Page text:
De Propaganda Filoni: "Chief of Staff" Becomes "Red Pope"
As early as tomorrow, the 65 year-old Sostituto (Substitute) of the Secretary of State is expected to be named the next prefect of the Congregation for the Evangelization of Peoples -- the venerable Vatican office still widely known by its name of centuries past, De Propaganda Fide (the Propogation of the Faith).
The move buzzed about for weeks, its timing was given earlier today by the most prescient of the Italian vaticanisti, Andrea Tornielli, now of La Stampa.
His ex officio elevation to the college of cardinals essentially a lock at the next consistory, the prefect of the dicastery that oversees the Catholic world's vast reaches of mission territory is traditionally dubbed the "Red Pope" as a reflection of both the power his congregation wields... and, indeed, the blood far too frequently shed by persecuted Christians in the mission lands. Among other instances of the Prop's clout, the office's sizable resources (burnished by income from its long-maintained Roman real-estate holdings) provide a significant amount of funding to the efforts of the developing church, and the congregation's cardinals are responsible for recommending appointees to the episcopacy in mission areas, a task which falls to the Congregation for Bishops only in more established locales.
(While the continental US emerged from over a century of Prop Fide's oversight in 1913, just one of these shores' 197 local churches continues to be supervised by the mission office: Alaska's 410,000 square-mile Fairbanks diocese, whose 20 active priests each have to cover a territory roughly the size of West Virginia... just in case anyone else thought they had it tough.)
Provided the report pans out, the Evangelization post would continue its predominant modern tradition of going to a diplomat -- an especially useful background for the job, given the church-state clashes that often arise in places where Catholics are a pronounced minority. And in this case, moreover, the presumed choice has extensive experience in the mission church... above all, in what's arguably become its most hurting hot-spot.
Prior to his return to the Home Office in 2007, Filoni served as a staffer at the papal nunciatures in Sri Lanka and Iran, but ultimately for six years as apostolic nuncio in Iraq, a tenure which spanned both the US-led invasion and the country's post-Sadaam descent into chaos -- and during which time, so it's said, he was the lone diplomatic mission-chief who declined to leave Baghdad. Given the high profile of Iraq's hemorrhaging Christian community -- some 60 of whom were massacred in its capital's Syriac-Catholic cathedral last October, with most of the rest who haven't fled living in a constant state of fear -- the connection between Filoni's past and future is of no small significance, and in it lies another sign of the Holy See's particularly intense concern for the church there, which has been much in evidence since before the first Gulf War. (Further underscoring the church's challenge in today's volatile Middle East was the weekend's news out of Egypt, where a dozen Coptic Christians were killed after riots that began with the burning of one of their churches by Muslims. According to reports, nearly 200 of the perpetrators have been arrested, and nearly 230 people were injured as a result of the violence.)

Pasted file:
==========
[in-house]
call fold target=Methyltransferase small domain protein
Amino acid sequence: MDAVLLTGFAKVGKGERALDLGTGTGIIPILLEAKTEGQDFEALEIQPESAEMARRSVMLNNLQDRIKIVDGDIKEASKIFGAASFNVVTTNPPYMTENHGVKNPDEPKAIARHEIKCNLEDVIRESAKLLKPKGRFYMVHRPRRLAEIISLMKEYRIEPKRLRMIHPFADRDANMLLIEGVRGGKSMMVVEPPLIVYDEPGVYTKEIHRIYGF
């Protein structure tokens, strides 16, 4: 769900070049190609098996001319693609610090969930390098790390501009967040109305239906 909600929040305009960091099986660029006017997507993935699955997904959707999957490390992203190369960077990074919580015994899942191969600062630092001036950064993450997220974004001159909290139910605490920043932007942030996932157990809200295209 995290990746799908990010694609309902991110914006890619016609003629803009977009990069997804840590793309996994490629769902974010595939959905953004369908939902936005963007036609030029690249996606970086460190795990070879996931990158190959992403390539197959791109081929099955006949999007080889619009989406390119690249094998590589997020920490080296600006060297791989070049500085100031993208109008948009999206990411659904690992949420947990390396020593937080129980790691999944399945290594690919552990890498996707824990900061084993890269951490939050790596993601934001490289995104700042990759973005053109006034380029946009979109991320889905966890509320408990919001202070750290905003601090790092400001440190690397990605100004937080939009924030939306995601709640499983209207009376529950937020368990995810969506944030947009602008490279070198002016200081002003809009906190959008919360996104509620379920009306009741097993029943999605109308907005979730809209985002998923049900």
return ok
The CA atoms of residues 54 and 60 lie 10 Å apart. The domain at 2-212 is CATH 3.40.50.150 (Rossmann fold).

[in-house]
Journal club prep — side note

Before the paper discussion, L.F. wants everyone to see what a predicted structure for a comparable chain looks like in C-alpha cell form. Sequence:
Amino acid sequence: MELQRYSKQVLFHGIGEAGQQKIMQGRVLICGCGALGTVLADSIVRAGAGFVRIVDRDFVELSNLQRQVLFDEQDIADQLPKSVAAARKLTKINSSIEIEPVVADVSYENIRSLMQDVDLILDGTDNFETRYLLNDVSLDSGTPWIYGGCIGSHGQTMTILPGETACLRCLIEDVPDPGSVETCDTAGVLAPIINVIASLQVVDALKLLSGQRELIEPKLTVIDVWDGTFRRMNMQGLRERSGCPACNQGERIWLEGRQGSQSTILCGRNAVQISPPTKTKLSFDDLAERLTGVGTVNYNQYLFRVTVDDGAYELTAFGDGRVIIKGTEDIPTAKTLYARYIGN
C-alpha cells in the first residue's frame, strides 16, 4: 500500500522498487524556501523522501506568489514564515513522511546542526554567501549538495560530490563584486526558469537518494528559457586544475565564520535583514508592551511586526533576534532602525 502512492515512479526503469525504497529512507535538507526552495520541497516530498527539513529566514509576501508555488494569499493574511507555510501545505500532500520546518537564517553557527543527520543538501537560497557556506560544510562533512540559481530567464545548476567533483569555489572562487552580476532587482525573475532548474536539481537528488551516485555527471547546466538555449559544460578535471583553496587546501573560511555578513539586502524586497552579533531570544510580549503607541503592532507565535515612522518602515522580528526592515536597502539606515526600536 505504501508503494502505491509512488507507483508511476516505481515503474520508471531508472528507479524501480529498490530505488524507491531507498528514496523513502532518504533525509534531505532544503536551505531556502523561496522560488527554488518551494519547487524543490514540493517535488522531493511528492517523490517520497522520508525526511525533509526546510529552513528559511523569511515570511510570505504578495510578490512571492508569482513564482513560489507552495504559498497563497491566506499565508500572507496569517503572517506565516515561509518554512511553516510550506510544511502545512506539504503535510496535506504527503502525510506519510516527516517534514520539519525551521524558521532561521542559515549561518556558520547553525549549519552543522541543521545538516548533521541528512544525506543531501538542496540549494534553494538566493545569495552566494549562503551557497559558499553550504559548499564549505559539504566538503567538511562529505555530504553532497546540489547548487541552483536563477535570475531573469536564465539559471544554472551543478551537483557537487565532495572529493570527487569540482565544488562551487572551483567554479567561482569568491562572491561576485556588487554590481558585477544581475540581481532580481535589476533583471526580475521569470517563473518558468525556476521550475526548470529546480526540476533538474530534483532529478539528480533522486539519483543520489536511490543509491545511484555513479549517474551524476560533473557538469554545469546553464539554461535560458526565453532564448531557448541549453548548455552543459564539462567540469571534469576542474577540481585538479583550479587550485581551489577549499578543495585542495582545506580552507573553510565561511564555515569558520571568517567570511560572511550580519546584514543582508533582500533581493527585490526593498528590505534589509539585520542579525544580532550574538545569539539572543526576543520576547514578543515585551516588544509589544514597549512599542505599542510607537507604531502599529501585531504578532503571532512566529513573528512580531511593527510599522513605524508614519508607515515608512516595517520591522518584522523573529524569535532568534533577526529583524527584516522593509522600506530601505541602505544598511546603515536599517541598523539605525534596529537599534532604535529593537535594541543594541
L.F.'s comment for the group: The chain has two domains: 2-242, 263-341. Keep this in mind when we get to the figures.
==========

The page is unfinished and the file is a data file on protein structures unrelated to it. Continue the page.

At the same time, an ever more pressing area on the Prop's docket is China, as shown by Pope Benedict's late 2010 appointment of the Hong Kong Salesian Savio Hon as the office's new #2, becoming the first ever Chinese named a senior Vatican official. While the freshly-elevated deputy is now understood to be serving as Rome's lead point-man on matters pertaining to Beijing and the Mainland's difficult divide between the state-sanctioned Patriotic Catholic Association and the sizable underground church which has maintained its loyalty to Rome, Filoni likewise happens to bring an unusual amount of his own Chinese exposure, having served the better part of the 1990s as part of the Hong Kong-based "study mission" which, though formally accredited to the nunciature in Manila, served as the Holy See's discreet "bridge" to the Chinese Mainland.
The next Propaganda chief will succeed Cardinal Ivan Dias -- himself a three-decade veteran of the diplomatic corps -- who was transferred to the post from the archbishopric of Bombay in 2006. Having just turned 75 last month, the cardinal's retirement is coming atypically early for a Curial chief due to years of reportedly intensifying diabetes, the impact of which is said to have left him in declining health.
Back at the Big House, though, so the consensus goes, the next Sostituto is likewise tipped to come from another historically fraught (but, of late, notably improving) church-state scenario, with the nuncio to Cuba, 62 year-old Archbishop Giovanni Angelo Becciu (above, con Caridad de Cobre), widely reported as holding the "pole position" to take over the "guts" of the Holy See's day-to-day operations. (On a side-note, given the difficulty the Holy See's had in its communications efforts and getting up to speed with new technologies -- all of which falls within the Sostituto's remit -- if Becciu's presence on Facebook is any indicator, the process should jump-start in short order.)
Six years into his pontificate, B16 has named all but one of the heads of the top ten Vatican offices, the prefect of Catholic Education, Polish Cardinal Zenon Grocholewski, being the lone holdout from the reign of John Paul II.
A month from next week, the pontiff's first major "cabinet" pick following his election -- his own successor at the Congregation for the Doctrine of the Faith, LA-born Cardinal William Levada -- reaches the retirement age.